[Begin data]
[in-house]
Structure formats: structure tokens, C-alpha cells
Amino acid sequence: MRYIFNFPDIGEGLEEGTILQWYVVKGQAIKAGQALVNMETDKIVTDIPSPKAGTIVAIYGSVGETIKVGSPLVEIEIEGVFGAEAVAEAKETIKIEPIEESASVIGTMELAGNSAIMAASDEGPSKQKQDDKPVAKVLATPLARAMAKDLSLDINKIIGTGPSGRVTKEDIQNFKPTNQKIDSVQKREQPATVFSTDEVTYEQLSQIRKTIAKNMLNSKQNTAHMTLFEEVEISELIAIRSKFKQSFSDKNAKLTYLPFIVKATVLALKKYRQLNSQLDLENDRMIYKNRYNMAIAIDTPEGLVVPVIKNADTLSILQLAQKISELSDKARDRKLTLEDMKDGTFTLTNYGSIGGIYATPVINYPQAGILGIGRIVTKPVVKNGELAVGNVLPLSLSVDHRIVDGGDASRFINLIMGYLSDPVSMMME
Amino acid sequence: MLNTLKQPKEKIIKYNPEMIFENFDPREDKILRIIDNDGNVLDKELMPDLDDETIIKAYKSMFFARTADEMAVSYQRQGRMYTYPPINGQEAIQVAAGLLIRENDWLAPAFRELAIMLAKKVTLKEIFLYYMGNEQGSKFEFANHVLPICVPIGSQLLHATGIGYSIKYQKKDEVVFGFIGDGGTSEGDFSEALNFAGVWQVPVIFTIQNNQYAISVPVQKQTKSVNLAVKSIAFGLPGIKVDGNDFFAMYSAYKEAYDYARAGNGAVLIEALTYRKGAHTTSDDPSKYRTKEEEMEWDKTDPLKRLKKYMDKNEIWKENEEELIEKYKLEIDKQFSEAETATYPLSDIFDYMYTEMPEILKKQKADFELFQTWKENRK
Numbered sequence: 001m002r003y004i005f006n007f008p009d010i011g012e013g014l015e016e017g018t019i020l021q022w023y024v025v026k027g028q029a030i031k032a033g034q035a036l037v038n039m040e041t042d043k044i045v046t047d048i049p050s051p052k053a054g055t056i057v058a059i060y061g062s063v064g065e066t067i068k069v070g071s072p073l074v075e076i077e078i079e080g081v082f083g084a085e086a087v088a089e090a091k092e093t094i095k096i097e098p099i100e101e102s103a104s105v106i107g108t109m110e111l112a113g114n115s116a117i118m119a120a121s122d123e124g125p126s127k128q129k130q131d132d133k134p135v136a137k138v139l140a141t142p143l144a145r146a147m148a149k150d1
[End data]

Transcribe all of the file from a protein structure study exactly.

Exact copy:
[in-house]
Structure formats: structure tokens, C-alpha cells
Amino acid sequence: MRYIFNFPDIGEGLEEGTILQWYVVKGQAIKAGQALVNMETDKIVTDIPSPKAGTIVAIYGSVGETIKVGSPLVEIEIEGVFGAEAVAEAKETIKIEPIEESASVIGTMELAGNSAIMAASDEGPSKQKQDDKPVAKVLATPLARAMAKDLSLDINKIIGTGPSGRVTKEDIQNFKPTNQKIDSVQKREQPATVFSTDEVTYEQLSQIRKTIAKNMLNSKQNTAHMTLFEEVEISELIAIRSKFKQSFSDKNAKLTYLPFIVKATVLALKKYRQLNSQLDLENDRMIYKNRYNMAIAIDTPEGLVVPVIKNADTLSILQLAQKISELSDKARDRKLTLEDMKDGTFTLTNYGSIGGIYATPVINYPQAGILGIGRIVTKPVVKNGELAVGNVLPLSLSVDHRIVDGGDASRFINLIMGYLSDPVSMMME
Amino acid sequence: MLNTLKQPKEKIIKYNPEMIFENFDPREDKILRIIDNDGNVLDKELMPDLDDETIIKAYKSMFFARTADEMAVSYQRQGRMYTYPPINGQEAIQVAAGLLIRENDWLAPAFRELAIMLAKKVTLKEIFLYYMGNEQGSKFEFANHVLPICVPIGSQLLHATGIGYSIKYQKKDEVVFGFIGDGGTSEGDFSEALNFAGVWQVPVIFTIQNNQYAISVPVQKQTKSVNLAVKSIAFGLPGIKVDGNDFFAMYSAYKEAYDYARAGNGAVLIEALTYRKGAHTTSDDPSKYRTKEEEMEWDKTDPLKRLKKYMDKNEIWKENEEELIEKYKLEIDKQFSEAETATYPLSDIFDYMYTEMPEILKKQKADFELFQTWKENRK
Numbered sequence: 001m002r003y004i005f006n007f008p009d010i011g012e013g014l015e016e017g018t019i020l021q022w023y024v025v026k027g028q029a030i031k032a033g034q035a036l037v038n039m040e041t042d043k044i045v046t047d048i049p050s051p052k053a054g055t056i057v058a059i060y061g062s063v064g065e066t067i068k069v070g071s072p073l074v075e076i077e078i079e080g081v082f083g084a085e086a087v088a089e090a091k092e093t094i095k096i097e098p099i100e101e102s103a104s105v106i107g108t109m110e111l112a113g114n115s116a117i118m119a120a121s122d123e124g125p126s127k128q129k130q131d132d133k134p135v136a137k138v139l140a141t142p143l144a145r146a147m148a149k150d1